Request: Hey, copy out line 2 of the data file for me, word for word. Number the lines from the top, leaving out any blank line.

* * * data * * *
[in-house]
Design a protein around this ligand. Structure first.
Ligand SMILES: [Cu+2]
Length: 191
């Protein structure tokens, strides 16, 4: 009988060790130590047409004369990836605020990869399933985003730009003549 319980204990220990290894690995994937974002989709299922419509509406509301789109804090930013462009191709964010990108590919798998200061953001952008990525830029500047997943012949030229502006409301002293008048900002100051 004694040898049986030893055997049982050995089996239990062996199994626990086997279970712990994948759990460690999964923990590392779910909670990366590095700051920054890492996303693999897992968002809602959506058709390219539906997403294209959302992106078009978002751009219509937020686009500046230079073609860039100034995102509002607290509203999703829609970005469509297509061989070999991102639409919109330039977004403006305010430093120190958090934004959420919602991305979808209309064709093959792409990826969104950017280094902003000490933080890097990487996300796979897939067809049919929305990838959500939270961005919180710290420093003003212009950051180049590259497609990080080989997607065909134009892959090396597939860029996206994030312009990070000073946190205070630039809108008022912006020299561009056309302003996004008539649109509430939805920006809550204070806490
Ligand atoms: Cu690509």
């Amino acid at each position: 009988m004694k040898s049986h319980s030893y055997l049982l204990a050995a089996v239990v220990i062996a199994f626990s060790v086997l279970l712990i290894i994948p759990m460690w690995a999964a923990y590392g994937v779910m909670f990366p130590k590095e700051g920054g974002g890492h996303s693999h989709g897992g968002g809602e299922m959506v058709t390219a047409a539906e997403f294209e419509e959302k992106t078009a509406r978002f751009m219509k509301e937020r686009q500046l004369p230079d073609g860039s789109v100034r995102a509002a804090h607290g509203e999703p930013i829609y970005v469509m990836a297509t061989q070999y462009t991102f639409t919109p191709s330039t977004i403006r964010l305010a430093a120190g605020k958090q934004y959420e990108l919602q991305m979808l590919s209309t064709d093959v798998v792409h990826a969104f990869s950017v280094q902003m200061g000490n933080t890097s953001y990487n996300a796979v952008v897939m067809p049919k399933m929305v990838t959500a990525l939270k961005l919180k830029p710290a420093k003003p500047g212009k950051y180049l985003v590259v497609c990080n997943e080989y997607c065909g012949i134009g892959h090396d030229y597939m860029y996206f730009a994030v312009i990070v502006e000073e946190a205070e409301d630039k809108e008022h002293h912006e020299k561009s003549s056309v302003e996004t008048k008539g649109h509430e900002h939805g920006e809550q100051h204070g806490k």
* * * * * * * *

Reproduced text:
Design a protein around this ligand. Structure first.